Intellectual property deserves just as much protection as physical property. As the world moves forward in the Innovation Age, virtual property is going to become just as valuable as physical property. Many people seek to protect their ideas that exist in the virtual space with copyrights.
A copyright is a protection given to someone's intellectual property. People cannot use someone else's intellectual property without their permission. If someone violates that copyright, this crime is called copyright infringement. Proving copyright infringement can sometimes be a challenge. An important overview of copyright infringement is below.
What is Protected by a Copyright?
A copyright protection gives someone exclusive control over the protected work. Examples of actions protected by copyright include printing an image of the protected property, publishing it on the web, performing a copyrighted play, or filming anything with a copyright attached to it. Copyright extends to artistic and music material is well, such as famous painters and recording artists. People with a copyright also have the ability to authorize others to use their work.
What Constitutes Copyright Infringement?
Before someone can take action against another person for copyright infringement, it is important to understand what actions constitute copyright infringement. Copyright infringement arises when someone violates the exclusive rights of a copyright owner as discussed above. In order to prove copyright infringement, the plaintiff needs to prove the following points:
- Does the plaintiff own a valid copyright regarding the alleged material?
- Did the defendant copy any of the elements of the protected work?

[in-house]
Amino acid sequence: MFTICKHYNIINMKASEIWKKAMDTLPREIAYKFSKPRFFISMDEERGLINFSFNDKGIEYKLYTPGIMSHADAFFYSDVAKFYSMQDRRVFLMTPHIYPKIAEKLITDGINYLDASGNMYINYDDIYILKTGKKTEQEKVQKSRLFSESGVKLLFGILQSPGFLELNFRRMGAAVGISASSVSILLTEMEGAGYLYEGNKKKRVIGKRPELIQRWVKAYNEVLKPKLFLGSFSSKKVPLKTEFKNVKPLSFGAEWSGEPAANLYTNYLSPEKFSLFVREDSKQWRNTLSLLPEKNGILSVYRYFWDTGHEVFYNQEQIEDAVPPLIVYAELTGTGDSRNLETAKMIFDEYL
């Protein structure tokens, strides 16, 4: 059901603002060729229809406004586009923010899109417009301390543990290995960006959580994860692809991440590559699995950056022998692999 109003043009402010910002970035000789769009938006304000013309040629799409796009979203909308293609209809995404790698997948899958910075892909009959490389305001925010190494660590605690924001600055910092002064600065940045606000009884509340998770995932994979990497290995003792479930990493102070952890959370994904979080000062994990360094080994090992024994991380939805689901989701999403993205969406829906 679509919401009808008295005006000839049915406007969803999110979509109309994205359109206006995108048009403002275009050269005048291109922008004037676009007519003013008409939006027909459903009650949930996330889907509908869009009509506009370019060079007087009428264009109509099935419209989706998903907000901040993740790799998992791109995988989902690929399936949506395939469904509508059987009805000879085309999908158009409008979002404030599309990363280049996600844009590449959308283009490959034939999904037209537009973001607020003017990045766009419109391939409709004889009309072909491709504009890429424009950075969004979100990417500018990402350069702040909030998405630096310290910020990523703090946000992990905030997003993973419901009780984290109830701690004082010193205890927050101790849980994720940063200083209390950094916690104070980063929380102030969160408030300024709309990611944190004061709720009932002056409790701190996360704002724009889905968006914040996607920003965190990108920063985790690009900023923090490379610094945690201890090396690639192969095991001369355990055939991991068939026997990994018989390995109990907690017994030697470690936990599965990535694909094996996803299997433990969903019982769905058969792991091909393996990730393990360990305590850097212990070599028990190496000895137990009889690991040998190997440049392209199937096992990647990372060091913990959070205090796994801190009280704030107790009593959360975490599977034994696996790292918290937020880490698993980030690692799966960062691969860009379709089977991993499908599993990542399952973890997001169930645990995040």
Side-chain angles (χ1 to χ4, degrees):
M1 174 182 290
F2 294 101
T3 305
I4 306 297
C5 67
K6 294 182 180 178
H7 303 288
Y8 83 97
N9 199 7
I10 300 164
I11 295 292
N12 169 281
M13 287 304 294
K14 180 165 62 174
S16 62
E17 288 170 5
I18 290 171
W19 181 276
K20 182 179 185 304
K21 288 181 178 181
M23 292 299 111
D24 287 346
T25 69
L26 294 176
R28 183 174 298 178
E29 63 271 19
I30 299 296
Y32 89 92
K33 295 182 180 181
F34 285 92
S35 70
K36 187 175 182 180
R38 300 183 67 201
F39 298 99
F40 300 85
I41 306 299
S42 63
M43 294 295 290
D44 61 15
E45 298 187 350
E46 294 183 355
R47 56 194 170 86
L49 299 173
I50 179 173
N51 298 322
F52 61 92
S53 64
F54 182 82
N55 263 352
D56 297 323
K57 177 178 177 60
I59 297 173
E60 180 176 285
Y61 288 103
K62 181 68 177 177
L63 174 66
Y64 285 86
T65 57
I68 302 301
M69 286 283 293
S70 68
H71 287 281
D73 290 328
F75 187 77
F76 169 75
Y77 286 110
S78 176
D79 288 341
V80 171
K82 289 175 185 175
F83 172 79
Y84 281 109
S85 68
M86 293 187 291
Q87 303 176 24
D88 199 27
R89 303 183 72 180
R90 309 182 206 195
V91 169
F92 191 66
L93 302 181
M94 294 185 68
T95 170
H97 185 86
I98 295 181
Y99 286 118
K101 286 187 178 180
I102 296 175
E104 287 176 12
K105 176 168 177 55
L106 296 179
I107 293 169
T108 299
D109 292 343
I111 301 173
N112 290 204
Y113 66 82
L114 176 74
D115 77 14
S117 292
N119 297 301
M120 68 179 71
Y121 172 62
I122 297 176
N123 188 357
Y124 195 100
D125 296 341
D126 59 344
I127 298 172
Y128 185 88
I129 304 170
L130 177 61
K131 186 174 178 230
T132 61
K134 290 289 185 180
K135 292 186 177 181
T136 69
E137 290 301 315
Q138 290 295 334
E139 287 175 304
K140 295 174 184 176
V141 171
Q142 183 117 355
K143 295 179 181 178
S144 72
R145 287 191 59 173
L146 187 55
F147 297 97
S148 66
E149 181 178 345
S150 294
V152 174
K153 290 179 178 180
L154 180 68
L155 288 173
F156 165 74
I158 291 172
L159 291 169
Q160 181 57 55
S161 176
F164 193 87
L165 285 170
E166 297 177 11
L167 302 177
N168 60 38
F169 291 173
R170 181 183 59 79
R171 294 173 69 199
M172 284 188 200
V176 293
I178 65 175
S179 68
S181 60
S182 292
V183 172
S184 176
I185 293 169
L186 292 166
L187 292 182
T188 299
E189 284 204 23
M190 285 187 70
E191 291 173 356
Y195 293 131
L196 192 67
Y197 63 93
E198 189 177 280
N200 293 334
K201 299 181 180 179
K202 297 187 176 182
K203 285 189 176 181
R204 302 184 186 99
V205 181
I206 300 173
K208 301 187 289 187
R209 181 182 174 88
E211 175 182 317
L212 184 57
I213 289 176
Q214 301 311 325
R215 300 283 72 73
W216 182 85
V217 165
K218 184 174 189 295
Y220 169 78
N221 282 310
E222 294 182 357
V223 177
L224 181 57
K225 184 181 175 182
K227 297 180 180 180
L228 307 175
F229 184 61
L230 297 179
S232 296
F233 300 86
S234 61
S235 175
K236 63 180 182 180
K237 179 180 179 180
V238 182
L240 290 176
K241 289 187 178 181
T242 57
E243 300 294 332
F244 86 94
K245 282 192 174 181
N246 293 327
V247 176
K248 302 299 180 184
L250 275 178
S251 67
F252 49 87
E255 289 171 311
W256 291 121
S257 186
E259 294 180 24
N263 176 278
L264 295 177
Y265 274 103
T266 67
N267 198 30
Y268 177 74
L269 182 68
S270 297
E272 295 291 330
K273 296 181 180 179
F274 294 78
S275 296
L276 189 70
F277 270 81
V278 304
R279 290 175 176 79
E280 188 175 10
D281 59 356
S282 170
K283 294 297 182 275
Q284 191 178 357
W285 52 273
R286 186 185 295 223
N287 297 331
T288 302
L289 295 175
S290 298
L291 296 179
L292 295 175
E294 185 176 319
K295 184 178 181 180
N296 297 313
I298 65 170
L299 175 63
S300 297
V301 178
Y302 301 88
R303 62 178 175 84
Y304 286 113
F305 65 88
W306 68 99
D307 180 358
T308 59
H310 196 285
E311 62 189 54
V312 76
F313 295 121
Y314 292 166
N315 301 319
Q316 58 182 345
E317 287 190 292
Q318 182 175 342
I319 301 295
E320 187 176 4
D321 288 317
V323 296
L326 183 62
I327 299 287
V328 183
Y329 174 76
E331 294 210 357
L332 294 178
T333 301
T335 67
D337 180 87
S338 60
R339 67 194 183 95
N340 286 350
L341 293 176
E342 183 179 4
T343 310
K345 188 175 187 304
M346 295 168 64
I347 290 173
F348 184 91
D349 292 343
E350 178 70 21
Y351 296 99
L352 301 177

If the plaintiff can prove both of these points then the defendant is guilty of copyright infringement.
How can Someone Prove Ownership of a Valid Copyright?
When someone applies for a copyright, they need to prove that their work is original and that the subject matter is eligible for a copyright. When they apply for a copyright from the registration office, they will be given a certificate. This certificate proves that they own the copyright. Because this matter is relatively straightforward, most copyright cases surround proving the second point from above.
How can Someone Prove that the Defendant Copied their Work?
This is usually the tougher point to prove during a copyright infringement case. The defendant's work is going to be analyzed by numerous people who are trying to decide if their work contains any of the plaintiff's work that is protected under the copyright. The plaintiff will need to prove that their work was actually copied by the defendant and that the elements that were copied are protected by the copyright. Some of the important arguments in the case will surround the defendant's access to the plaintiff's work. In addition, the plaintiff will have to prove similarities between the two works. This can be a tremendous legal challenge that requires the attention of an attorney with experience dealing with copyright infringement cases.